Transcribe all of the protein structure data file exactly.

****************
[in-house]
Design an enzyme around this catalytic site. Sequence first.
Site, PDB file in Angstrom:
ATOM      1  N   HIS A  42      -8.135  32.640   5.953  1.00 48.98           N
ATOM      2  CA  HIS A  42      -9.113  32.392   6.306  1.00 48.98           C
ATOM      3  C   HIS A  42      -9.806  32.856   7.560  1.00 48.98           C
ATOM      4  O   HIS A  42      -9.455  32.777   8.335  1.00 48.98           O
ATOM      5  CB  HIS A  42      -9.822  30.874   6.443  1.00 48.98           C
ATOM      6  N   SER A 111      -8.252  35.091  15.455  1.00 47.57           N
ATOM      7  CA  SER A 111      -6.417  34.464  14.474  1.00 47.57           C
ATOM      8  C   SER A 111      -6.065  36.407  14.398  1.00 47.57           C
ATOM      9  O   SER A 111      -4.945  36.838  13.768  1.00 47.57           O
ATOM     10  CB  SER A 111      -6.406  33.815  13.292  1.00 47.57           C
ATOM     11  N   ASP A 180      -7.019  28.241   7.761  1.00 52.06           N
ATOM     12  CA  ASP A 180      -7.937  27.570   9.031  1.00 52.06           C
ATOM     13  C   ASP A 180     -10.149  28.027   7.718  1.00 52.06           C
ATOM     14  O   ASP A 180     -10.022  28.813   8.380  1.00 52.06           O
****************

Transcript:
[in-house]
Design an enzyme around this catalytic site. Sequence first.
Site, PDB file in Angstrom:
ATOM      1  N   HIS A  42      -8.135  32.640   5.953  1.00 48.98           N
ATOM      2  CA  HIS A  42      -9.113  32.392   6.306  1.00 48.98           C
ATOM      3  C   HIS A  42      -9.806  32.856   7.560  1.00 48.98           C
ATOM      4  O   HIS A  42      -9.455  32.777   8.335  1.00 48.98           O
ATOM      5  CB  HIS A  42      -9.822  30.874   6.443  1.00 48.98           C
ATOM      6  N   SER A 111      -8.252  35.091  15.455  1.00 47.57           N
ATOM      7  CA  SER A 111      -6.417  34.464  14.474  1.00 47.57           C
ATOM      8  C   SER A 111      -6.065  36.407  14.398  1.00 47.57           C
ATOM      9  O   SER A 111      -4.945  36.838  13.768  1.00 47.57           O
ATOM     10  CB  SER A 111      -6.406  33.815  13.292  1.00 47.57           C
ATOM     11  N   ASP A 180      -7.019  28.241   7.761  1.00 52.06           N
ATOM     12  CA  ASP A 180      -7.937  27.570   9.031  1.00 52.06           C
ATOM     13  C   ASP A 180     -10.149  28.027   7.718  1.00 52.06           C
ATOM     14  O   ASP A 180     -10.022  28.813   8.380  1.00 52.06           O